How money and technology are militarizing the fight against the illegal wildlife trade

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How money and technology are militarizing the fight against the illegal wildlife trade

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Thousands of plants and animals are bought and sold around the world each year in the form of food, medicines, clothing, furniture and even musical instruments. Wildlife seems like big business.

Estimated to be worth at least US$7bn (£5.9bn) and potentially as much as US$23bn, the illegal wildlife trade kills some of the planet’s best-known species, especially rhinos, elephants, tigers, driving a lion. And most recently, pangolins are endangered.

Since 2008, law enforcement has played a sizable role in tackling the illegal wildlife trade, thanks to the support of governments, private donors, conservation charities and businesses. The result was a proliferation of counterinsurgency techniques, such as building networks of informants and contracting private security firms to train rangers in anti-poaching operations using military weapons.

Meanwhile, many conservationists are turning to drones and other technologies to monitor species and implement conservation measures. This creates new business for technology companies keen to build a green reputation.

Countries must find ways to tackle the illegal wildlife trade. However, as a researcher of the international politics of conservation, I believe that the techniques and techniques more regularly deployed by law enforcement and security companies are not the answer.

Rangers in Kruger Park, South Africa.
Wild Snap/Shutterstock

funding issues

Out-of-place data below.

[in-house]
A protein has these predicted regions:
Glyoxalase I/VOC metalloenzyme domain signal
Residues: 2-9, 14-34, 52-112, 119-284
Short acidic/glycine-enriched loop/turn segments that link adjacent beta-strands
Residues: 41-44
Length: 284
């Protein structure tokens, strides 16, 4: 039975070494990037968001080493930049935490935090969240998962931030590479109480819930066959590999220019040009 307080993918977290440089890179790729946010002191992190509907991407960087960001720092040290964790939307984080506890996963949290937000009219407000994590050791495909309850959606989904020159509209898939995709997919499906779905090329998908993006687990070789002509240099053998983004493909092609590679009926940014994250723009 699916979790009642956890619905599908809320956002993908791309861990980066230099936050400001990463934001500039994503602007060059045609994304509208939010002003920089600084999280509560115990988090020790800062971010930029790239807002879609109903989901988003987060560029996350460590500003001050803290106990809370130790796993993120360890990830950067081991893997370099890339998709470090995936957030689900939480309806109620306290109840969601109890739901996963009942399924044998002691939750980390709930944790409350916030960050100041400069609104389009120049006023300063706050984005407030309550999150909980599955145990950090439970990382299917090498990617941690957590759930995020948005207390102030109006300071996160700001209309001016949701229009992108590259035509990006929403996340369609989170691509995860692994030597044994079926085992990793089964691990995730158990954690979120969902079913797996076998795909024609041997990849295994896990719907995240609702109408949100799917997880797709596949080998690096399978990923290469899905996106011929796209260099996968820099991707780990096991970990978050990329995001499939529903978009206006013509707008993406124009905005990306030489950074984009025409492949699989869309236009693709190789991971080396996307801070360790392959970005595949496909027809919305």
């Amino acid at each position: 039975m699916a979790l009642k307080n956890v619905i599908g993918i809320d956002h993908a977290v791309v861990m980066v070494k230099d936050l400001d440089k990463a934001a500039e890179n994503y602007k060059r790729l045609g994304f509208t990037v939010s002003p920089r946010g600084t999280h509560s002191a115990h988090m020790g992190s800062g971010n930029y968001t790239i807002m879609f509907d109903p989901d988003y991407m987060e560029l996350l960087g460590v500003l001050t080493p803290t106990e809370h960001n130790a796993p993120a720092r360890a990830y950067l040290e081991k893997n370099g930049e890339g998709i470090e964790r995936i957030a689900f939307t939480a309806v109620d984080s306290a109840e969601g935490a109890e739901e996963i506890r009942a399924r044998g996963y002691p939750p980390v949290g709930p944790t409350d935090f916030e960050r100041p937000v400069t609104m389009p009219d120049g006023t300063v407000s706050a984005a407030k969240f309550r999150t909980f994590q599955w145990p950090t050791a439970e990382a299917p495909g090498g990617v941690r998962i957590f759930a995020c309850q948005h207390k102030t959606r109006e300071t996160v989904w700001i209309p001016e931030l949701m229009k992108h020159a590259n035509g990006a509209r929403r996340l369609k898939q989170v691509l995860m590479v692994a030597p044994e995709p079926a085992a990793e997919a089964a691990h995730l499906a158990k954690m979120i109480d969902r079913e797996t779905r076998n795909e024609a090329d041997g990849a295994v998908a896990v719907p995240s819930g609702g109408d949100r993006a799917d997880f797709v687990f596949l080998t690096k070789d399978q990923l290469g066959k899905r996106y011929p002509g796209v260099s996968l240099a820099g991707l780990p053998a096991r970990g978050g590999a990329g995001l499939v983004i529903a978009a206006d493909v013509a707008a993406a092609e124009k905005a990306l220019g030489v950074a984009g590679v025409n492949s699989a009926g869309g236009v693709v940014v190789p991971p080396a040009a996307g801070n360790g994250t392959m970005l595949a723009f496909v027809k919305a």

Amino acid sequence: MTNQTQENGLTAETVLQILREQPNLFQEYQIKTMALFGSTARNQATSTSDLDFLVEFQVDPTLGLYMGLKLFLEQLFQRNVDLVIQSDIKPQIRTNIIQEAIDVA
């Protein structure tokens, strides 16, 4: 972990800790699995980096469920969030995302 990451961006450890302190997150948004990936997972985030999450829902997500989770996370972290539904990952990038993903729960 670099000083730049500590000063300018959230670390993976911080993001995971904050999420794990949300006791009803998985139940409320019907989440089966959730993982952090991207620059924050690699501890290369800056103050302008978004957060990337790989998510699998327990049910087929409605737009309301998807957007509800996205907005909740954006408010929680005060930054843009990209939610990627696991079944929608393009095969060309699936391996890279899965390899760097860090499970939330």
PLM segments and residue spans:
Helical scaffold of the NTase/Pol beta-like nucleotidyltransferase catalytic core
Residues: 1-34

Between 2002 and 2018, the U.S. Fish and Wildlife Service contributed US$301 million to 4,142 conservation projects in 106 countries. Over the past 16 years, an increasing share of the illegal wildlife trade effort has been allocated as part of a shift away from strict species conservation and livelihood enhancement projects.

In 2014, the U.S. Congress allocated $45 million to the biodiversity budget for foreign aid to address wildlife trafficking, $55 million in 2015, $80 million in 2016, $80 million in 2017, 2018. , increased to nearly $91 million in 2019. The government’s Illegal Wildlife Trade Challenge Fund has allocated more than £23m of his money to 75 projects between 2013 and his 2019.

The fund had three themes. Developing sustainable livelihood alternatives to poaching (6 funded projects); Strengthening the role of law enforcement and the criminal justice system (62 funded projects); Reducing demand for wildlife products (7 funded projects); project).

The role of philanthropists in conservation funds is growing. An example is Howard Graham Buffet donating his US$23 million in 2014 to help South Africa’s Kruger National Park tackle rhino poaching. Amazon founder Jeff Bezos said in 2021 he will set up the US$10 billion Earth Fund to subsidize conservation initiatives, among other environmental issues.